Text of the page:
The anonymous questionnaire, which had undergone two rounds of pre-testing prior to fielding the study, contained 18 questions to assess respondents' knowledge of abortion law (specifically in cases of rape and life-threatening congenital malformations), their opinions of current abortion law in Brazil, their familiarity with various abortion procedures, and their experiences providing abortions. We also collected sociodemographic information, including sex, age, religion, and region of residence.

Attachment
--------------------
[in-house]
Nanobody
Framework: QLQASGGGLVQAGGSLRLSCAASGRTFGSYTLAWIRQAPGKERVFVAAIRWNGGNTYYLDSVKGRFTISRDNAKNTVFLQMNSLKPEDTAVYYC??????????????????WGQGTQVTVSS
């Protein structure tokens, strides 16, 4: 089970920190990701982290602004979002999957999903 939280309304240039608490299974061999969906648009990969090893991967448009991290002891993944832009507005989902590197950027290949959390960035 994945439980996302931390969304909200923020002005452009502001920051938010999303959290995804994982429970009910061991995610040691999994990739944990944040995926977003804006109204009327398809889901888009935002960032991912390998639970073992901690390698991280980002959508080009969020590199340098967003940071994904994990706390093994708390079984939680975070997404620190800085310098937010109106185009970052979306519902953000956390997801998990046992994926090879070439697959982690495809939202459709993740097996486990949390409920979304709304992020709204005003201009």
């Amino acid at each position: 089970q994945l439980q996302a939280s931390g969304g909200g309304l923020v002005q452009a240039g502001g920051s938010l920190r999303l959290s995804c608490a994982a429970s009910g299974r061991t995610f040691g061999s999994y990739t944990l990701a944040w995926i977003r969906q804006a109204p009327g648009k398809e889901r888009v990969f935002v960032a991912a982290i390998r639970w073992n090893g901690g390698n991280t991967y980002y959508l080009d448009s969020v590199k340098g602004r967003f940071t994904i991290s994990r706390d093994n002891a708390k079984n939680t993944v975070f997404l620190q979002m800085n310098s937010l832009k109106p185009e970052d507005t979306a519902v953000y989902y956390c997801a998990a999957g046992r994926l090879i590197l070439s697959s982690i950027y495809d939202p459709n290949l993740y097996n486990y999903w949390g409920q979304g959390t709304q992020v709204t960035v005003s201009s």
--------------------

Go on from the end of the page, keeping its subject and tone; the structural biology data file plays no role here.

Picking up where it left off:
The primary outcome measure was opinion of abortion law. On the questionnaire, respondents were asked to choose one or more of the following circumstances in which he or she thought abortion should be legal in Brazil: life-threatening congenital malformation, rape, risk to a woman's life, risk to a woman's physical health, socioeconomic reasons, as an elective procedure, never legal, or under other circumstances. We classified respondents as conservative or liberal on abortion law based on their opinions of abortion law under the different circumstances. Conservative physicians were those who felt that abortion should only be legal under the circumstances codified in the current law (i.e., in rape cases or when the woman's life is in danger), or those physicians who thought the law should be more restrictive. Liberal physicians were those who felt that the current abortion law should be liberalized to allow for legal abortion under at least one other circumstance in addition to the two already permitted.